This highly practical people-mover would be a hit in Australia, particularly if priced right. It could compete with the Volkswagen Transporter-based Caravelle, offering a budget-conscious bus for breeders.
There’s also a Ford Focus wagon that we don’t get here, presumably because it would eat in to the sales of the Kuga SUV. It’s a shame – small wagons are great.
A Ford insider told me that the fact that imported used vehicles make up such a big percentage of sales in NZ means that offering a broader fleet with lower sales targets is justifiable. And, as I understand it, there is guaranteed fleet business for vehicles like the Focus wagon and Tourneo van. That's not the case in Australia.
Another small wagon sold in NZ but not Oz is the Toyota Corolla wagon (above). It’s powered by a miserly 1.5-litre four-cylinder, but perhaps Toyota Australia made the decision not to bring that car in based on looks alone. It is, in my humble opinion, a fugly thing.
Toyota also has a mid-large wagon offering over the ditch that we don’t get, the Avensis. It complements the Camry/Aurion buddies, but with a big boot. There’s probably a similar argument for not bringing that car here, being that RAV4 is the fourth most popular Toyota model in Australia and essentially does the same thing for probably less money (the Avensis is European-made, adding cost and complexity, where the Japanese-built RAV4 is a simpler equation).
There are other models that would undoubtedly do nothing in the local market.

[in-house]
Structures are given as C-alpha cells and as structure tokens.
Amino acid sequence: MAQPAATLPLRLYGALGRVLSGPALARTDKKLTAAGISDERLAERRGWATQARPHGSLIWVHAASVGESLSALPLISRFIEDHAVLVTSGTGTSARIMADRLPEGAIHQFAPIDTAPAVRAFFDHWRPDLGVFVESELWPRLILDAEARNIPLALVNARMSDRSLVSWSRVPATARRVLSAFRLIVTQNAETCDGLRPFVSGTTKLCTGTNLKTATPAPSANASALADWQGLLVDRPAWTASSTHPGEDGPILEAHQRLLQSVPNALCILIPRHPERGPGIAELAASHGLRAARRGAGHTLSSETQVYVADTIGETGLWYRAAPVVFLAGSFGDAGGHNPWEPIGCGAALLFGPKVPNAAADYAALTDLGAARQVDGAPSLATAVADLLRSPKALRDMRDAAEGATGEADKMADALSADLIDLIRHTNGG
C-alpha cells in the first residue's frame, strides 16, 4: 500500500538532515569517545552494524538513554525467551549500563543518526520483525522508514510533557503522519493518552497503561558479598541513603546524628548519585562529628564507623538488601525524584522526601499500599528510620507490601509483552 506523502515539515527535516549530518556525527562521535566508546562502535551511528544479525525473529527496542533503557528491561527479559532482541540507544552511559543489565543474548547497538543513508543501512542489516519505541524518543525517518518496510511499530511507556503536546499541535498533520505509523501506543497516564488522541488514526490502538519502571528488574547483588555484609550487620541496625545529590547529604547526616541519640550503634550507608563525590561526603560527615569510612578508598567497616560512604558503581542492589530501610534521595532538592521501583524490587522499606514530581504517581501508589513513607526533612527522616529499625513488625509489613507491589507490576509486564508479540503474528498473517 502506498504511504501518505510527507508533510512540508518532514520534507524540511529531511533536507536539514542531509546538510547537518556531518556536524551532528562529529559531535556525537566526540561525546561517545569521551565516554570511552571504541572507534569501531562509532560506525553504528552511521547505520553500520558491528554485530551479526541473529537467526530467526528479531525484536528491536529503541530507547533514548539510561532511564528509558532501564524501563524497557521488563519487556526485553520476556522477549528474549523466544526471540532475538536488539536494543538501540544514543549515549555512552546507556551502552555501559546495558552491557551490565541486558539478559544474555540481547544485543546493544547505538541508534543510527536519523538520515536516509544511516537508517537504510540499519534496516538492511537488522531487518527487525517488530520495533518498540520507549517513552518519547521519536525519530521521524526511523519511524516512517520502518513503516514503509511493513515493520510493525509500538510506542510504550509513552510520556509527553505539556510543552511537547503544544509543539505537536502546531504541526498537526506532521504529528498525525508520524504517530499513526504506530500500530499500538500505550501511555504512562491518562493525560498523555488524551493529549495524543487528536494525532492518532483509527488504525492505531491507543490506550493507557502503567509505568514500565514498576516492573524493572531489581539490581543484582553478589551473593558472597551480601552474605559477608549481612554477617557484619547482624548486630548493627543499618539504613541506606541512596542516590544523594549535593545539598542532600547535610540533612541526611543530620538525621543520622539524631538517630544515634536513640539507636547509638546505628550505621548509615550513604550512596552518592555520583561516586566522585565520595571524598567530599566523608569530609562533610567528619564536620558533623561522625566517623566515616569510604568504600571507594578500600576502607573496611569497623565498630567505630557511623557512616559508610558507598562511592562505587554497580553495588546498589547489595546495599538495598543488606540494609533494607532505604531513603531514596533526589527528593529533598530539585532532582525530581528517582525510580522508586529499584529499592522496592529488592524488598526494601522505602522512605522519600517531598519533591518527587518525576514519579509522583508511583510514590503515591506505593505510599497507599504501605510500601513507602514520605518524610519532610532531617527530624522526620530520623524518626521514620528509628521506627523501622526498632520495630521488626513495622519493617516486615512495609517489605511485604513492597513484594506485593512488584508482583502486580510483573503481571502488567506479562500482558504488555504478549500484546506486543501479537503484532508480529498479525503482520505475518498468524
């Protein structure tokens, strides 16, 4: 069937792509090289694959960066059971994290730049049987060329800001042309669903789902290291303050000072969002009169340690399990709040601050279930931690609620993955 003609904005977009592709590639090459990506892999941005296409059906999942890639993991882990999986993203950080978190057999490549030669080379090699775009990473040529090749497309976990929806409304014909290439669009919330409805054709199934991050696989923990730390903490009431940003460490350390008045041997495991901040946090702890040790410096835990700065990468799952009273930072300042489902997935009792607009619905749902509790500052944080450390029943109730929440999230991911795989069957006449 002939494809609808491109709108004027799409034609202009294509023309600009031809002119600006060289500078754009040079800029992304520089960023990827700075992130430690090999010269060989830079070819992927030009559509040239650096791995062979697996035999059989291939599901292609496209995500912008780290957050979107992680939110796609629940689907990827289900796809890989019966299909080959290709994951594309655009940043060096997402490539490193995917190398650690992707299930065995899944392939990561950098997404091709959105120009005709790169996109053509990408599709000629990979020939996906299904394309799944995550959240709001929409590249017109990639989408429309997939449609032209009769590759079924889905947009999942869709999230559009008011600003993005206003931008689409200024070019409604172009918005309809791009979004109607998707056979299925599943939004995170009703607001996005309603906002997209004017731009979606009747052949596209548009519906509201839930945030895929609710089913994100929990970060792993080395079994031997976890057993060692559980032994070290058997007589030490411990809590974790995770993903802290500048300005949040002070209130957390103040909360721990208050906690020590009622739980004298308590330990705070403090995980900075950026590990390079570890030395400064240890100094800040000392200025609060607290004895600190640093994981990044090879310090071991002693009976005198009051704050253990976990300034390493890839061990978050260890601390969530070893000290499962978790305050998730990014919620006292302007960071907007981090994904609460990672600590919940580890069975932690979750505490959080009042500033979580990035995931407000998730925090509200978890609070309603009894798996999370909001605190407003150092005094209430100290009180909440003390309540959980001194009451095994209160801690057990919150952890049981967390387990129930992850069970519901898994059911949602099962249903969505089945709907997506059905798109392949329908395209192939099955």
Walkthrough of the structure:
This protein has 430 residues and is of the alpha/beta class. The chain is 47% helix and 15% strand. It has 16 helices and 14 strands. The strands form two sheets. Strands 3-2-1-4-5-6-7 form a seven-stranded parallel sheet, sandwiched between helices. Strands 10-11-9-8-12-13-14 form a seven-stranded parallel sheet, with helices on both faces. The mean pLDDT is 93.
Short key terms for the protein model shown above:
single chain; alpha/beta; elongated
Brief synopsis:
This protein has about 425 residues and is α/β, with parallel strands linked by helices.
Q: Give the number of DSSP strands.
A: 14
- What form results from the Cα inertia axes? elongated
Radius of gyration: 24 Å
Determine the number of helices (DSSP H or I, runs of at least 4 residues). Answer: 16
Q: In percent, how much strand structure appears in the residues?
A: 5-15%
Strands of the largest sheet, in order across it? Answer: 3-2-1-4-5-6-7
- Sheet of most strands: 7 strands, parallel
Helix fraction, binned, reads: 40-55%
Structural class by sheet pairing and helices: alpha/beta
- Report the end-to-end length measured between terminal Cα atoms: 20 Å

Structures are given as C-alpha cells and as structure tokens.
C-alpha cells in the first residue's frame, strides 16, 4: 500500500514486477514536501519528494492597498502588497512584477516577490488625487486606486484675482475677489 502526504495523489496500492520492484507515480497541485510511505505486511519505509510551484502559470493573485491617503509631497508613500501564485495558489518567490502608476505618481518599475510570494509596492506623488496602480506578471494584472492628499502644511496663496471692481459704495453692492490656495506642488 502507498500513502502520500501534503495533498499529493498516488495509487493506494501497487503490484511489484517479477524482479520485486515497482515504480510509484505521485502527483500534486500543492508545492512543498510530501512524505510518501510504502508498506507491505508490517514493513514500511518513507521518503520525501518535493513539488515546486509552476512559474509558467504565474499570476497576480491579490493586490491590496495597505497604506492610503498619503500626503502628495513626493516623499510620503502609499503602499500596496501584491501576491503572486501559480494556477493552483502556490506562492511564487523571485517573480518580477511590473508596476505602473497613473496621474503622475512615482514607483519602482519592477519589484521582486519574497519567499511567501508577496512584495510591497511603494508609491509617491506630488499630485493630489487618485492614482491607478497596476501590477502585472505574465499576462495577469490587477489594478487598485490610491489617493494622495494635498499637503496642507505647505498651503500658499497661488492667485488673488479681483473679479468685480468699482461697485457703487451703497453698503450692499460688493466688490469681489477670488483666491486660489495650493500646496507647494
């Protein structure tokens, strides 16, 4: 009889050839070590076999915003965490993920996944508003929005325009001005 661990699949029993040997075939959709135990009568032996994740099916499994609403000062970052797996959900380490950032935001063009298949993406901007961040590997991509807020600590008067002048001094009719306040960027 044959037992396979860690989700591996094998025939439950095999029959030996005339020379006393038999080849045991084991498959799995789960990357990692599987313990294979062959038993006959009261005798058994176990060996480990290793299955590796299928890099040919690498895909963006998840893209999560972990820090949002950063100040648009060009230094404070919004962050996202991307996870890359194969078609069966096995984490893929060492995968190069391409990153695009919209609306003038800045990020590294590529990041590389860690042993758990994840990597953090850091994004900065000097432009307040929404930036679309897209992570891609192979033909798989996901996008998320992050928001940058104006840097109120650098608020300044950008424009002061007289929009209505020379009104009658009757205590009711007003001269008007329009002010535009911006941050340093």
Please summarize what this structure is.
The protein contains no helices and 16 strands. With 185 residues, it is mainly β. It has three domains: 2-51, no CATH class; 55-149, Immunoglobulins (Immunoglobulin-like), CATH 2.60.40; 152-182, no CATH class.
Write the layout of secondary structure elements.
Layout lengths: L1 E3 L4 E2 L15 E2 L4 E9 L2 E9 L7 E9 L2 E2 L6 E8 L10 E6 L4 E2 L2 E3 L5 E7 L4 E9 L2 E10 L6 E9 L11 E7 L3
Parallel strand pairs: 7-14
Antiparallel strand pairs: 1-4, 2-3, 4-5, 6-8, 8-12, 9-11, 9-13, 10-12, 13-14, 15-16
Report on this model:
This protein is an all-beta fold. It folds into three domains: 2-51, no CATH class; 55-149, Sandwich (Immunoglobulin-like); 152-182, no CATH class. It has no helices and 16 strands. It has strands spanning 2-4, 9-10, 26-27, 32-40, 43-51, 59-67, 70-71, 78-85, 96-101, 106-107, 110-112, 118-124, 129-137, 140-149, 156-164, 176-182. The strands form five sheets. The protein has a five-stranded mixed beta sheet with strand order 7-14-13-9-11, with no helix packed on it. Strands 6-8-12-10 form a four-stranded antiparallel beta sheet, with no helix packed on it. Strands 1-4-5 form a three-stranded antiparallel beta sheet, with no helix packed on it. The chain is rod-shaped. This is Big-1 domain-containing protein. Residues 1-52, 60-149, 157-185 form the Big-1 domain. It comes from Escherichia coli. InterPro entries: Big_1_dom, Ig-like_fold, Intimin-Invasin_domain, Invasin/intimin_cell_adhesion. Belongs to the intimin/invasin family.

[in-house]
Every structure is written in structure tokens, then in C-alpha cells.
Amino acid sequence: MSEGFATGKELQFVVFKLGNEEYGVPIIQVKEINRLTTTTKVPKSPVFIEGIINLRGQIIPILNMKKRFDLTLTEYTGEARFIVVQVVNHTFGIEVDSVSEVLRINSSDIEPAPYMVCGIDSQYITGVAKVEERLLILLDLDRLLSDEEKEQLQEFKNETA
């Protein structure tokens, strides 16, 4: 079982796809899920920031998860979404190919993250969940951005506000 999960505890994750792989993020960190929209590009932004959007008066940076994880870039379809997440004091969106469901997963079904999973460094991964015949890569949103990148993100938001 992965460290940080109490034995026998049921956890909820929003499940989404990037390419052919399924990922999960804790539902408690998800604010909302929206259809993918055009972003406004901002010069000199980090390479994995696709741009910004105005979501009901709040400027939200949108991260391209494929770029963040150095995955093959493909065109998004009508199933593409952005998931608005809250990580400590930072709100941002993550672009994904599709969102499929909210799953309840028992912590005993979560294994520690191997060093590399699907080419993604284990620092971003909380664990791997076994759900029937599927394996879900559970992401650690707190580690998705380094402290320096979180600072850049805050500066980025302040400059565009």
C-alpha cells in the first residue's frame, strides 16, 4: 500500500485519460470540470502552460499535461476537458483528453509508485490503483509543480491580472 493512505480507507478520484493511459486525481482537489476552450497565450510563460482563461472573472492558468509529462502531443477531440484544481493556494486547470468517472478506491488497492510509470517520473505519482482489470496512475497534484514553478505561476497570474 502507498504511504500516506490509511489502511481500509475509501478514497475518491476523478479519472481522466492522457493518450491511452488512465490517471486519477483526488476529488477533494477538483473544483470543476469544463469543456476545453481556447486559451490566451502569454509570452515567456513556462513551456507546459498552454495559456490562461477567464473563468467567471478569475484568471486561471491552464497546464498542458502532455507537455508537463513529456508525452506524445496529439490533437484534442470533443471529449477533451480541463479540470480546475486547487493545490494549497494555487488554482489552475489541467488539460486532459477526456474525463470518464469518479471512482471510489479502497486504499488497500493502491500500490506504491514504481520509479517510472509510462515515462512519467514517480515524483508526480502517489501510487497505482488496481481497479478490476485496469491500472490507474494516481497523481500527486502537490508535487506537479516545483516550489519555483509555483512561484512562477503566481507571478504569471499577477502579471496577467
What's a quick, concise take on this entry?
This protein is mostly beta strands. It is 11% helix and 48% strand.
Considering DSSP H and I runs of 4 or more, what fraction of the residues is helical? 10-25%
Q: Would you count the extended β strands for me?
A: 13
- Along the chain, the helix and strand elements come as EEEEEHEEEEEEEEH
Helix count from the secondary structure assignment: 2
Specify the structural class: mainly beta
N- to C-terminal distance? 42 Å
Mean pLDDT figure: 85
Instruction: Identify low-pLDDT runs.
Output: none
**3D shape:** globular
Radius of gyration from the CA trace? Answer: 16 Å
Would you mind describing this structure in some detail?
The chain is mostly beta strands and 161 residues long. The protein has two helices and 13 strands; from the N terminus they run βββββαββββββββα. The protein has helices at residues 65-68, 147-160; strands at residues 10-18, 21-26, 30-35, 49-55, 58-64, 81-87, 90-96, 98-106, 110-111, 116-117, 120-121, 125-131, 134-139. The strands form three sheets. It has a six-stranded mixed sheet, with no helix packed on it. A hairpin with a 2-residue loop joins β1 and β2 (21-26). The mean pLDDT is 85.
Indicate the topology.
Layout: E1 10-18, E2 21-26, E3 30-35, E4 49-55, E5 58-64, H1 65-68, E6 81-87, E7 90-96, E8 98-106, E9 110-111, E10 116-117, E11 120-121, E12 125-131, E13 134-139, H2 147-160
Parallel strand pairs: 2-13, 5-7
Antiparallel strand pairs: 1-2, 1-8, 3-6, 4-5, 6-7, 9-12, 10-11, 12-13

The Suzuki Farm Worker, a specialist cab-chassis version of the previous-generation Suzuki Sierra, may be cheap (from NZ$14,990) but it has no airbags and would presumably have very limited appeal.
The Kia K2500 is another cab-chassis model that would lack much desirability in the Aussie market, given that it’s a very old design.
But it’s worth noting that the Kia Picanto – the impressive little city hatchback that Tegan drove recently in the UK – is already selling in NZ, and has been for some time. It’ll come here early in 2016.
Another model that was on sale in NZ before Australia was the Volvo V60 Cross Country, a higher-riding version of the V60 wagon with that lovely black plastic cladding that buyers seemingly go nuts for. That car is now on sale in Australia.
Then there are some models that just aren’t ever going to be sold here, no matter how much we want them.
They include the Skoda Rapid sedan (we get the hatchback model instead), and the Volkswagen CrossPolo (which is a shame, because a smaller SUV than the Tiguan would presumably sell its proverbials off).
Others aren’t so clear: the Ssangyong Tivoli small SUV has been nominated for a World Car of the Year gong, but it may not be good enough to be sold here. It really should be, if Ssangyong wants to lift its game locally.
So, you can see that even though the Australian car market is regarded as one of the most competitive and crowded on Earth, we miss out on a few models that could do well here.
Tell us what you think – are there any models that you’d like to see on sale here that the Kiwi contingent get?